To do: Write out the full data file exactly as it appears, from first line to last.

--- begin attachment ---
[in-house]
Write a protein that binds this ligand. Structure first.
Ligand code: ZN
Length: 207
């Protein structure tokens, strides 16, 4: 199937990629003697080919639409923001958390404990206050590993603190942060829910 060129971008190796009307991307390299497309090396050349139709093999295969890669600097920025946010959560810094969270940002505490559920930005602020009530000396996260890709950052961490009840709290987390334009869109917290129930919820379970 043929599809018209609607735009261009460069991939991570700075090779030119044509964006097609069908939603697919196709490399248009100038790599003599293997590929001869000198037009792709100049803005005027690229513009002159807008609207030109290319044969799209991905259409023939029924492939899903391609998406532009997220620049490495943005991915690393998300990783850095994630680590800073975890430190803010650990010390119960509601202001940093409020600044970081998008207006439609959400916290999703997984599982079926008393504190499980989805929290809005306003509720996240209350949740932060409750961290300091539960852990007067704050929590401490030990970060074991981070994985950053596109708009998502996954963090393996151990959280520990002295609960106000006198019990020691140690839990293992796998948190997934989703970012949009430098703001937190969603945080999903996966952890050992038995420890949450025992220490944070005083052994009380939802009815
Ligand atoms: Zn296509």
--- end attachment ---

[in-house]
Write a protein that binds this ligand. Structure first.
Ligand code: ZN
Length: 207
């Protein structure tokens, strides 16, 4: 199937990629003697080919639409923001958390404990206050590993603190942060829910 060129971008190796009307991307390299497309090396050349139709093999295969890669600097920025946010959560810094969270940002505490559920930005602020009530000396996260890709950052961490009840709290987390334009869109917290129930919820379970 043929599809018209609607735009261009460069991939991570700075090779030119044509964006097609069908939603697919196709490399248009100038790599003599293997590929001869000198037009792709100049803005005027690229513009002159807008609207030109290319044969799209991905259409023939029924492939899903391609998406532009997220620049490495943005991915690393998300990783850095994630680590800073975890430190803010650990010390119960509601202001940093409020600044970081998008207006439609959400916290999703997984599982079926008393504190499980989805929290809005306003509720996240209350949740932060409750961290300091539960852990007067704050929590401490030990970060074991981070994985950053596109708009998502996954963090393996151990959280520990002295609960106000006198019990020691140690839990293992796998948190997934989703970012949009430098703001937190969603945080999903996966952890050992038995420890949450025992220490944070005083052994009380939802009815
Ligand atoms: Zn296509």